Sunday, February 04, 2007

Primary Schools Comparison

I think we need to move on from the previous post, despite the record number of comments. I've been slowly reading through the new Education Blueprint and I want to start by examining the number of primary schools, in particular comparing the national primary schools and the national type primary schools.

For those who are not familiar with some of these statistics, let me lay them out. The number of national primary schools have increased from 4844 in 1990 to 5761 in 2005, an increase of 19%. In comparison, the number of national type Chinese primary schools (SRJK) have actually decreased from 1288 to 1287 in the same time period. The number of national type Tamil primary schools (SRJT) have decreased from 538 to 525 in the same time period. In other words, funding for new primary schools for the past 15 years have gone almost exclusively to national type schools. (There might have been some new Chinese primary schools built e.g. Wawasn or Vision schools and relocated Chinese primary schools such as Pei Chai and Tropicana)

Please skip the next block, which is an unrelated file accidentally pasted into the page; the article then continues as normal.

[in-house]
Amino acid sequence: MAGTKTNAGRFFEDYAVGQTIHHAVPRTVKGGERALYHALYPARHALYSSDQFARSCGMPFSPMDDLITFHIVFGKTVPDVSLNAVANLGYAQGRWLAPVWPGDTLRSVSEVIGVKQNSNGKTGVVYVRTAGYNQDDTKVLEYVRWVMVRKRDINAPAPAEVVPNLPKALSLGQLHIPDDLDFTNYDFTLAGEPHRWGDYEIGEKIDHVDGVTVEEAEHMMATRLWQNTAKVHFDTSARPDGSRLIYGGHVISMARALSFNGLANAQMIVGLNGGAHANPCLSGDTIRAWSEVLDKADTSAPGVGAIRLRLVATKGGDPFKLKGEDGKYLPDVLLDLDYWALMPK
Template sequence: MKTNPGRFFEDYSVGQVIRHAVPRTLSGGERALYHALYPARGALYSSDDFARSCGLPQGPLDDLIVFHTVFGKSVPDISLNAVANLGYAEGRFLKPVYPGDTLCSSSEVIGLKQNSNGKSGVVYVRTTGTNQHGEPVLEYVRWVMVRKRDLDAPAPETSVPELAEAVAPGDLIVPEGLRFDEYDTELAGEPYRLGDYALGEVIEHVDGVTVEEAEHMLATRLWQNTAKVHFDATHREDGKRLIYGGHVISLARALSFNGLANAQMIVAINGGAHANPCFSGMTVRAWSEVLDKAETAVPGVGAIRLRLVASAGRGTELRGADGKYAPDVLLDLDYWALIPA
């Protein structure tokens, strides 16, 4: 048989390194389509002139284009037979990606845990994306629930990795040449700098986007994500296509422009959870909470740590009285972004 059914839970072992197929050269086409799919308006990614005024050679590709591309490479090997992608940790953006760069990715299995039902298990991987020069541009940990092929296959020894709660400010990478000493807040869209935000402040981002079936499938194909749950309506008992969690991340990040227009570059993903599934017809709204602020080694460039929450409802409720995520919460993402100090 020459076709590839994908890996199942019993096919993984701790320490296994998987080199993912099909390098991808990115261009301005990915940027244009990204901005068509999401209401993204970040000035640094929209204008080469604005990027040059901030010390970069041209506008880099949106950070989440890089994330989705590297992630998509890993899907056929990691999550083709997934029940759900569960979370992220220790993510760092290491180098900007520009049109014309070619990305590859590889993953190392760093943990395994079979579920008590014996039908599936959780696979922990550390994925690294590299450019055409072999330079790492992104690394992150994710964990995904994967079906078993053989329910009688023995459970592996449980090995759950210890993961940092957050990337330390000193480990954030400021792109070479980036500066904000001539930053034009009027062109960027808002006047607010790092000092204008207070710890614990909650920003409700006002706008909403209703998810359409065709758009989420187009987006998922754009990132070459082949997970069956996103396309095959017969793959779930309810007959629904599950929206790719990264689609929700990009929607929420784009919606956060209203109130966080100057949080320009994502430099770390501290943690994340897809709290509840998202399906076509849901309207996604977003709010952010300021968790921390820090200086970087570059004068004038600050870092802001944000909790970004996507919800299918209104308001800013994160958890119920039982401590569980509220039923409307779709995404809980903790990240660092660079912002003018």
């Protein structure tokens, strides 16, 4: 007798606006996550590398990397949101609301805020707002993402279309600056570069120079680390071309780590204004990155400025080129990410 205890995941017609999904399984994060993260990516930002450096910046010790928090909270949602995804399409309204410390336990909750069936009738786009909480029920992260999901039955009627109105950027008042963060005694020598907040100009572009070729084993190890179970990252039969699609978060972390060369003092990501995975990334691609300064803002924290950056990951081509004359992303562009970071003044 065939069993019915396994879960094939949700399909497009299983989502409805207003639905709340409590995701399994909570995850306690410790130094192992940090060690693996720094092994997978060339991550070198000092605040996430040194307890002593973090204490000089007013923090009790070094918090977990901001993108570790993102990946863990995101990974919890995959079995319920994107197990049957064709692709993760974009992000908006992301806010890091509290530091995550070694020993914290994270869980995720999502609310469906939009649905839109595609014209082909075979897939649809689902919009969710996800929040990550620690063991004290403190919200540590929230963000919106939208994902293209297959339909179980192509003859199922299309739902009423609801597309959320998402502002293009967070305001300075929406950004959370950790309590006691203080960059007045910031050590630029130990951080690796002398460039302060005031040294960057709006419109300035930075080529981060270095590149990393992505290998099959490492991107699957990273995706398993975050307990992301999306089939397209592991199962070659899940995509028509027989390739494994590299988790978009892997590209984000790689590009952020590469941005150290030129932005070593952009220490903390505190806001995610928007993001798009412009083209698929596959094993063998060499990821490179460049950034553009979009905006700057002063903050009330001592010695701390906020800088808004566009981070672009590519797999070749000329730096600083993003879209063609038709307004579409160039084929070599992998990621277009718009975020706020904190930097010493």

In the same time period, the enrolment in national schools have increased from 1.8 million in 1990 to 2.4 million in 2005, an increase of 35%. Enrolment in national type Chinese primary schools (SRJK) have also increased by 11% in the same time period, from 580,000 to 650,000. Enrolment in national type Tamil primary schools (SRJT) have also increased, but only by less than 3% from 96,000 to 99,000.